Reality of no A&M-Texas sadly sinking in

Maybe the reason Black Friday has shifted towards Gray Thursday is because retailers have had enough.

If there’s no Texas-Texas A&M football game to watch on television on Thanksgiving night, then there’s no reason for football fans to stay home. They might as well start their holiday shopping early.

It’s a shame, too.

As had become the case for a lot of things in college football, nothing is sacred. Not even a rivalry that dated back to 1894 and included 118 meetings, 64 of those on Thanksgiving.

Thanksgiving won’t be the same for without Aggies singing “Goodbye to Texas University, so long to the orange and the white.” Our House Divided, that’s what it used to be called at least when a mixed marriage features Aggies and Longhorns, will be a little less tense without the Longhorns wife talking about how Ricky Williams set the rushing record against Texas A&M or asking me when was the last time the Aggies won a national championship.

The answer, of course, is 1939.

We all knew the end of the rivalry was coming, which is why there was so much buildup to last year’s finale between the two schools. The ill feelings created by the Longhorn Network helped signal the end. Texas A&M’s jump to the SEC sealed the deal, leaving what was the third-longest running rivalry in college football in danger of never happening again.

There’s been posturing on both sides about how the schools won’t meet again in the regular season for the forseeable future, although the Cotton Bowl this year could bring the two teams back together sooner than expected.

But there’s no guarantee there. And the guarantee of the Aggies and Longhorns playing on Thanksgiving weekend was something you could count on as much as long lines at Target on Black Friday.

But now that Thanksgiving is here and the Aggies and Longhorns aren’t meeting in Austin or College Station, the cold, hard reality of it all has sunk it. And reality sucks.

The teams are trying to make do. Texas coach Mack Brown is pumping up TCU, the Horns’ Thanksgiving night opponent this year. The two teams are old Southwest Conference rivals, but the schools have only met twice since 1995 so how can you really get excited about this game?

And really there’s no point to getting pumped about it either. Texas won’t even play TCU on Thanksgiving next year — the ‘Horns will host Texas Tech on Thanksgiving next year and will likely play Baylor the following season.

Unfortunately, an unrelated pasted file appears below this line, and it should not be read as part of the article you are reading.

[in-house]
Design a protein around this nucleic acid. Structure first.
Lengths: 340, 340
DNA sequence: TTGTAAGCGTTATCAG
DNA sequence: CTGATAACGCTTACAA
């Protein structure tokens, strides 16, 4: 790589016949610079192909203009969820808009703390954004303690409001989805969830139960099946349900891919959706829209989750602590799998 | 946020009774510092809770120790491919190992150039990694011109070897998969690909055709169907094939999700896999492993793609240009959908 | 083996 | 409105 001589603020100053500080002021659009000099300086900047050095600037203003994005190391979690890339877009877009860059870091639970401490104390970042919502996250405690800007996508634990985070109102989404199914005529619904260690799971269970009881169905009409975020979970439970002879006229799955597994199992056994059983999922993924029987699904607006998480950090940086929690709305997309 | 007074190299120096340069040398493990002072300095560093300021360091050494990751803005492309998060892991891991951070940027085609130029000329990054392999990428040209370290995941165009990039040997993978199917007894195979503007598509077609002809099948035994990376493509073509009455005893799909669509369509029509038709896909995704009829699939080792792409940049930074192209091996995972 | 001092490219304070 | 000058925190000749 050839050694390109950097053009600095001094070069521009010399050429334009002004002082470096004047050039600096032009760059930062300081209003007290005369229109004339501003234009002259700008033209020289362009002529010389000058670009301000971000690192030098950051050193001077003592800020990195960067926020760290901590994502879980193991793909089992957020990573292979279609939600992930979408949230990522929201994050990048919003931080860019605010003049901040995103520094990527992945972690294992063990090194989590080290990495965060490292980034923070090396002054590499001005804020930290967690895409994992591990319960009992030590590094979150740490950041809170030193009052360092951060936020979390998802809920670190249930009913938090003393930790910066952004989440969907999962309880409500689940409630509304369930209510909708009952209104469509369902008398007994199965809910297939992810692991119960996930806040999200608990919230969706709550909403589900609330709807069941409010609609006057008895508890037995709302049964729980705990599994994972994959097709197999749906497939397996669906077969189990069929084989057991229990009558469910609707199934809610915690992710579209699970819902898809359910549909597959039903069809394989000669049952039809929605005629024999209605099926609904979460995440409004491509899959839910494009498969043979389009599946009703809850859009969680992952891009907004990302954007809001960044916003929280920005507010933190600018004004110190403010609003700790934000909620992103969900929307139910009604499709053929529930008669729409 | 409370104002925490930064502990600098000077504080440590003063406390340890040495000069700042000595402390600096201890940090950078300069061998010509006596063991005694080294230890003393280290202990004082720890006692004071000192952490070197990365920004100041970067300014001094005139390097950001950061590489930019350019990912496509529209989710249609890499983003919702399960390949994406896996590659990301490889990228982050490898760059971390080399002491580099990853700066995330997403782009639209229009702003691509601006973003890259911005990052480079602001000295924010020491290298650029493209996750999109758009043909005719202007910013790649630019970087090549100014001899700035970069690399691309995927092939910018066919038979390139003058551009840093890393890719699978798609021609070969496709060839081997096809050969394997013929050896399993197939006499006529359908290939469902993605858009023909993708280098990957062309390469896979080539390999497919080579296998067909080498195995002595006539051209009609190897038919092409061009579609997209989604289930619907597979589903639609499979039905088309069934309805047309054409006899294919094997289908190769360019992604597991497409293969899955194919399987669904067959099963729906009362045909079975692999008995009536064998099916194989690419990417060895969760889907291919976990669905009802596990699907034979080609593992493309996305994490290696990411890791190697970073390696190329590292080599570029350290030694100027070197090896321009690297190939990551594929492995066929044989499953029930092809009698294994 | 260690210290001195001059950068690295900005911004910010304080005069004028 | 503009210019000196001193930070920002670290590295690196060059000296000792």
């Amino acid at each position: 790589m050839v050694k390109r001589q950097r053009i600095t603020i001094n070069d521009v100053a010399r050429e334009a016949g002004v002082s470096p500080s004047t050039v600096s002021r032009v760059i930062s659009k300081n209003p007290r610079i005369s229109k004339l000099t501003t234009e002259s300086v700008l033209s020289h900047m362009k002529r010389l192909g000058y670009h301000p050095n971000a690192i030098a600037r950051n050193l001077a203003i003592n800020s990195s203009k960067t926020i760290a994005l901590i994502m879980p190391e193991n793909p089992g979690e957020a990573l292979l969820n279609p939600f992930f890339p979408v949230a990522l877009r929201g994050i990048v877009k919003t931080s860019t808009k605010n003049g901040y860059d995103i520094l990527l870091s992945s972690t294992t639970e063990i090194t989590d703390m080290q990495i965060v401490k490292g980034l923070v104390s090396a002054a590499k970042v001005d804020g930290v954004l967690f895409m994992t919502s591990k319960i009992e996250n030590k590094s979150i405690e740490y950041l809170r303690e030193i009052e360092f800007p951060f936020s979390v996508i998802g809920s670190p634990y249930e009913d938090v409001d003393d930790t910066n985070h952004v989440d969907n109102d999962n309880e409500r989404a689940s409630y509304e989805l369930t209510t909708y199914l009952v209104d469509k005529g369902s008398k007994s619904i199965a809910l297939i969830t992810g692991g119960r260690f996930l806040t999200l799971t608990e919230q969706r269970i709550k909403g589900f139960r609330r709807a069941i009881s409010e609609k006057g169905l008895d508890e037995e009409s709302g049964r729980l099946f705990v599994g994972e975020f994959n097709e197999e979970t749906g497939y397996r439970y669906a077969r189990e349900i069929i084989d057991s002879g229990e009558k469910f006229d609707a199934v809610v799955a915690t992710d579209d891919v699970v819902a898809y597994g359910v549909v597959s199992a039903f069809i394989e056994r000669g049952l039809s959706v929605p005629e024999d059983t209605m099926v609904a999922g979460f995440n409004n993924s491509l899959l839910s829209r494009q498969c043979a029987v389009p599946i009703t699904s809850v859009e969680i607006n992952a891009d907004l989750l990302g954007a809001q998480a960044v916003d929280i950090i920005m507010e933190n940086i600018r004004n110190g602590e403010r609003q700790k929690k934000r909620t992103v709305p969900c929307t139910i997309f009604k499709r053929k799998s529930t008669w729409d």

Those schools are all rivals of the Longhorns but where’s the fun of having to travel to Austin every year to play Texas. That’s not a fair fight. There’s a reason NFL teams complain about the Cowboys and Lions getting to host games on Thanksgiving every year.

Brown said during the Big 12 conference call on Monday that the week didn’t feel any different for him, but the actions of the program say otherwise.

The annual Aggie dinner the Longhorns had the Sunday before the game is no more, replaced by a senior meal. The school did its annual Hex Rally Monday night, but how do you put a hex on a team you’ve played twice in the last 17 years. It’s a waste of a perfectly good hex.

It can’t be a lot better in College Station, either. The same College Station where retailers have tried to pull the old bait and switch, replacing the House Divided shirts featuring the Aggies and Longhorns with one featuring the Aggies and LSU Tigers.

A&M isn’t even playing on Thanksgiving this year, instead hosting Missouri on Saturday.

But it’s apparently a big enough game for the Aggies that there’s no mention of Texas. Texas A&M coach Kevin Sumlin did his best posturing Wednesday, saying the topic of Texas hasn’t even come up this week.

“We talk about playing Missouri,” Sumlin said. “We talk about it being Senior Night and playing Missouri. That’s pretty significant.”

The lack of A&M-Texas is further proof of the changing landscape of college football. The SEC is trying to build a rivalry between Texas A&M and South Carolina. The schools don’t even play this year but somehow, in the future, that’s supposed to be a big SEC rivalry. Rivalries can’t be manufactured overnight, they take years, or a century.

Or at least they used to.

What’s going to happen in the new wacky world of the Big Ten?

Will Michigan-Ohio State have to take a backseat to Michigan vs. Rutgers? Is everyone already circling their calendar for the mighty Wisconsin vs. Maryland game in a few years? Those teams really don’t like each other. And if they do, they won’t in the future because the schedule and conference says so.

Maybe it’s just the good-old day syndrome creeping in. Maybe change is for the best. No one at A&M is complaining about the school’s move to the SEC now that the Aggies are 9-2 and have made a big impact, thanks in part to freshman QB sensation Johnny Manziel, in their new conference . No one cashing Longhorn Network checks in Austin seem to be sweating the loss of playing the Aggies every year.

But it’s still got to sting for some people. Traditions die hard.

That’s why on Thanksgiving night, we’ll be looking for a new big-screen TV. It’s a long honored family tradition, dating all the way back to 2012.